Opioid Crisis: The Ripple Effect

As part of a public media collaborative funded by the Corporation for Public Broadcasting, WXXI News and partners Oregon Public Broadcasting and ideastream in Ohio present a special series, Opioid Crisis: The Ripple Effect.

The reporting series looks at the people and issues indirectly affected by the opioid crisis and makes the case that the epidemic’s ripple effects impact many. 

You'll also find our continuing coverage of the crisis here. 

We want to hear what you have to say about opioid and heroin use in our community. Please click on this link to take a short survey.


What does it take to change the identity of a neighborhood? Residents of the Lyell Avenue neighborhood having been working to develop solutions to persistent challenges in the area, and now they want to share their work with the community. They will host a forum on June 1st, and it's open to the public. 

We hear from them, and from Monroe County Sheriff Baxter on what it takes to uplift a neighborhood. Our guests:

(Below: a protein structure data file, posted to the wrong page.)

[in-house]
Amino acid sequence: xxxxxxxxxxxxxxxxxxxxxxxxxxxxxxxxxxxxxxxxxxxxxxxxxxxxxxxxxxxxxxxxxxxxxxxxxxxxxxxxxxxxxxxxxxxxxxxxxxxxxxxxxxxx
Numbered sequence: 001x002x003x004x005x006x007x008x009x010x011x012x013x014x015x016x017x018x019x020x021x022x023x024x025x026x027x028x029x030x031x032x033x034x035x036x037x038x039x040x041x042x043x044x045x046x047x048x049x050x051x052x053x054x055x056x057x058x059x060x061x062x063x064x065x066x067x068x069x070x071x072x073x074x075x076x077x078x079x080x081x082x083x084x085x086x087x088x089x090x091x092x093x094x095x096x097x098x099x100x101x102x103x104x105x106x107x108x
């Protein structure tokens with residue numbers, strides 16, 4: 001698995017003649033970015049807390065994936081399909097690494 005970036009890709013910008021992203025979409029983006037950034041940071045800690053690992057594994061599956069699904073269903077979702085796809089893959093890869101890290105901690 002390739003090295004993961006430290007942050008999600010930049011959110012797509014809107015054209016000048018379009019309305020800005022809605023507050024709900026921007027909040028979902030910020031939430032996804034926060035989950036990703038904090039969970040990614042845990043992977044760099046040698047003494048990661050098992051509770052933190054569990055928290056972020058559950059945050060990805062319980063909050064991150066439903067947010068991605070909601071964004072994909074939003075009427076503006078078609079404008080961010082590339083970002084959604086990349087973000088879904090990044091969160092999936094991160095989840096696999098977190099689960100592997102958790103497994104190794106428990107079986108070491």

A new poll from Siena College shows that 90% of New Yorkers say the current opioid crisis is worse than previous public health crises.

An overwhelming majority of New Yorkers also supports strengthening prescription monitoring services; 82% say doctors should be punished for over prescribing.

But when it comes down to how the addiction started, Research Institute Director Don Levy says New Yorkers are divided on who is to blame.

Billboards with a warning to drug dealers

May 3, 2018

Law enforcement and the private sector are teaming up to send a message to drug dealers:

If you deal drugs and someone dies, you're going to prison for homicide.

That's what it says on a billboard near High Falls that was unveiled this morning.

Gary Rogers, owner of Dock Hardware, paid for it.

He said one of his employees was personally affected by the opioid crisis.



The latest Siena College poll on opioids says 24% of New Yorkers were prescribed opioids in the last two years.

Don Levy, Research Institute Director at Siena College says in the third part of their polling series on the epidemic, they wanted to know what happens in the doctor’s office.